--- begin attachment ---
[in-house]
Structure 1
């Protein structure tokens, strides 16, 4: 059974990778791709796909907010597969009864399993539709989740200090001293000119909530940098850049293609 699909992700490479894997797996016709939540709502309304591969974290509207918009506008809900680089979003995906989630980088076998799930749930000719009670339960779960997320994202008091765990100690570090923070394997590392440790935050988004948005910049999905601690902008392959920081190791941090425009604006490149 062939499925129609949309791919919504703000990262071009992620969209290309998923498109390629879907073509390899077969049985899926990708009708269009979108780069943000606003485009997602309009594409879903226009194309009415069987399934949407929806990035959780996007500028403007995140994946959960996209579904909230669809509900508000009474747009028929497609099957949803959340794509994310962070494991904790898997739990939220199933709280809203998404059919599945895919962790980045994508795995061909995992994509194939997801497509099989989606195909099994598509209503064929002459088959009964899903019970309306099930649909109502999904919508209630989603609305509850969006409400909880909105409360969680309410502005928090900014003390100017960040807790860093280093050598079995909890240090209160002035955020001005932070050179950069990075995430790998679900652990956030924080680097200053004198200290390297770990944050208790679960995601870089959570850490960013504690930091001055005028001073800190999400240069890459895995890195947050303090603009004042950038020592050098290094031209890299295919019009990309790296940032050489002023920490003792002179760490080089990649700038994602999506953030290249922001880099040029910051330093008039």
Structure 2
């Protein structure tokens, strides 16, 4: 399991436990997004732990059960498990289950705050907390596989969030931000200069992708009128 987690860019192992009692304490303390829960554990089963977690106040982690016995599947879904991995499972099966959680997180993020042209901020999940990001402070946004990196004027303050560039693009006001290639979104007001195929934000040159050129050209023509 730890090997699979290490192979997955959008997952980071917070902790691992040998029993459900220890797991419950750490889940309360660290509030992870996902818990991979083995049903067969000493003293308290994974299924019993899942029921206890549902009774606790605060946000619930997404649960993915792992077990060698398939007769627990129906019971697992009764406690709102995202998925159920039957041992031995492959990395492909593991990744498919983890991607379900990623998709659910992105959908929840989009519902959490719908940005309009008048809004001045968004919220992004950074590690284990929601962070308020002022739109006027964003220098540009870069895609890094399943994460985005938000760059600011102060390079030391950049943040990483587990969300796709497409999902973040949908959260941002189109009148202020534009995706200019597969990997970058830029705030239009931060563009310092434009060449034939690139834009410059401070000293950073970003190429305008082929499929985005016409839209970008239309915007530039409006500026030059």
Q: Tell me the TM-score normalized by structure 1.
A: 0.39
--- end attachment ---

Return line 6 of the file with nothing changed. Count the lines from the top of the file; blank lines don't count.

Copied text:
Q: Tell me the TM-score normalized by structure 1.